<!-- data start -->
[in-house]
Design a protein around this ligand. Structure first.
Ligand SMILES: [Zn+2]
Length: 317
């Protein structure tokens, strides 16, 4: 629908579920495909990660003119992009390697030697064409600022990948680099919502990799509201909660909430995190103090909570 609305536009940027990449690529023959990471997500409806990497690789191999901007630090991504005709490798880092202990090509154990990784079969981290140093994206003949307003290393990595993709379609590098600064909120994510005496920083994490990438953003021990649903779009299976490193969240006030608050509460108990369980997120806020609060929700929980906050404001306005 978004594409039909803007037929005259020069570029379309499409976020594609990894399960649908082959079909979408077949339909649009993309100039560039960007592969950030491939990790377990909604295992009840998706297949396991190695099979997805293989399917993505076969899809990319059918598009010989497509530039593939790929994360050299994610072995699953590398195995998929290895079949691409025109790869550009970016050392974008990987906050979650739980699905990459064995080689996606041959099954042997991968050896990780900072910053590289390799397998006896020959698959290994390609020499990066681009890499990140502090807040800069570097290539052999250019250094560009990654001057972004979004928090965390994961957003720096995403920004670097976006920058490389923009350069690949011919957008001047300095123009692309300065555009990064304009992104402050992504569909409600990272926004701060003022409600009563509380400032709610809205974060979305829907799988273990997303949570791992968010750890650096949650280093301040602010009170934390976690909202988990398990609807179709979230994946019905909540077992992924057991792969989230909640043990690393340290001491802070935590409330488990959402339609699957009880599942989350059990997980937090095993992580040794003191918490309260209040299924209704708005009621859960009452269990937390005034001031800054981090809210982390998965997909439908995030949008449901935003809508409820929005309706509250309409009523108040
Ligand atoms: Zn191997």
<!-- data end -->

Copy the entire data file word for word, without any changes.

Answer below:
[in-house]
Design a protein around this ligand. Structure first.
Ligand SMILES: [Zn+2]
Length: 317
């Protein structure tokens, strides 16, 4: 629908579920495909990660003119992009390697030697064409600022990948680099919502990799509201909660909430995190103090909570 609305536009940027990449690529023959990471997500409806990497690789191999901007630090991504005709490798880092202990090509154990990784079969981290140093994206003949307003290393990595993709379609590098600064909120994510005496920083994490990438953003021990649903779009299976490193969240006030608050509460108990369980997120806020609060929700929980906050404001306005 978004594409039909803007037929005259020069570029379309499409976020594609990894399960649908082959079909979408077949339909649009993309100039560039960007592969950030491939990790377990909604295992009840998706297949396991190695099979997805293989399917993505076969899809990319059918598009010989497509530039593939790929994360050299994610072995699953590398195995998929290895079949691409025109790869550009970016050392974008990987906050979650739980699905990459064995080689996606041959099954042997991968050896990780900072910053590289390799397998006896020959698959290994390609020499990066681009890499990140502090807040800069570097290539052999250019250094560009990654001057972004979004928090965390994961957003720096995403920004670097976006920058490389923009350069690949011919957008001047300095123009692309300065555009990064304009992104402050992504569909409600990272926004701060003022409600009563509380400032709610809205974060979305829907799988273990997303949570791992968010750890650096949650280093301040602010009170934390976690909202988990398990609807179709979230994946019905909540077992992924057991792969989230909640043990690393340290001491802070935590409330488990959402339609699957009880599942989350059990997980937090095993992580040794003191918490309260209040299924209704708005009621859960009452269990937390005034001031800054981090809210982390998965997909439908995030949008449901935003809508409820929005309706509250309409009523108040
Ligand atoms: Zn191997």